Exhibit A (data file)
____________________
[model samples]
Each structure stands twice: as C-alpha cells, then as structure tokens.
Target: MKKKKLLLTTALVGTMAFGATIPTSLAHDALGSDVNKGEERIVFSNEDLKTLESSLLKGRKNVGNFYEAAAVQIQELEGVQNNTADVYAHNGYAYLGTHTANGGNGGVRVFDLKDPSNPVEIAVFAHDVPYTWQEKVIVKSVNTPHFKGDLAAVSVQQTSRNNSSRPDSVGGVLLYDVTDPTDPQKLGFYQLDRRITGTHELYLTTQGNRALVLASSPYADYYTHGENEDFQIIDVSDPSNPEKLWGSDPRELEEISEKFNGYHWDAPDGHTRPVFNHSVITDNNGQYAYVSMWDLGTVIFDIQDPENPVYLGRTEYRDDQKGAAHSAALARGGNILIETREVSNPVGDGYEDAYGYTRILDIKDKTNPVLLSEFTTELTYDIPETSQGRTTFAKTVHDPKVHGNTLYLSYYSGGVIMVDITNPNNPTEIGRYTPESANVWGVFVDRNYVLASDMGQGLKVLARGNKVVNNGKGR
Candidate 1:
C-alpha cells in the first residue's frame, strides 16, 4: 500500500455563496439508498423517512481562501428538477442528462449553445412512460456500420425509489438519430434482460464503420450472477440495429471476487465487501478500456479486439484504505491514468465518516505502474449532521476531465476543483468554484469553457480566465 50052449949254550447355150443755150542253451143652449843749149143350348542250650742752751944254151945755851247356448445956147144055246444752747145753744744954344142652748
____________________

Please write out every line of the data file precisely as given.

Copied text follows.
[model samples]
Each structure stands twice: as C-alpha cells, then as structure tokens.
Target: MKKKKLLLTTALVGTMAFGATIPTSLAHDALGSDVNKGEERIVFSNEDLKTLESSLLKGRKNVGNFYEAAAVQIQELEGVQNNTADVYAHNGYAYLGTHTANGGNGGVRVFDLKDPSNPVEIAVFAHDVPYTWQEKVIVKSVNTPHFKGDLAAVSVQQTSRNNSSRPDSVGGVLLYDVTDPTDPQKLGFYQLDRRITGTHELYLTTQGNRALVLASSPYADYYTHGENEDFQIIDVSDPSNPEKLWGSDPRELEEISEKFNGYHWDAPDGHTRPVFNHSVITDNNGQYAYVSMWDLGTVIFDIQDPENPVYLGRTEYRDDQKGAAHSAALARGGNILIETREVSNPVGDGYEDAYGYTRILDIKDKTNPVLLSEFTTELTYDIPETSQGRTTFAKTVHDPKVHGNTLYLSYYSGGVIMVDITNPNNPTEIGRYTPESANVWGVFVDRNYVLASDMGQGLKVLARGNKVVNNGKGR
Candidate 1:
C-alpha cells in the first residue's frame, strides 16, 4: 500500500455563496439508498423517512481562501428538477442528462449553445412512460456500420425509489438519430434482460464503420450472477440495429471476487465487501478500456479486439484504505491514468465518516505502474449532521476531465476543483468554484469553457480566465 50052449949254550447355150443755150542253451143652449843749149143350348542250650742752751944254151945755851247356448445956147144055246444752747145753744744954344142652748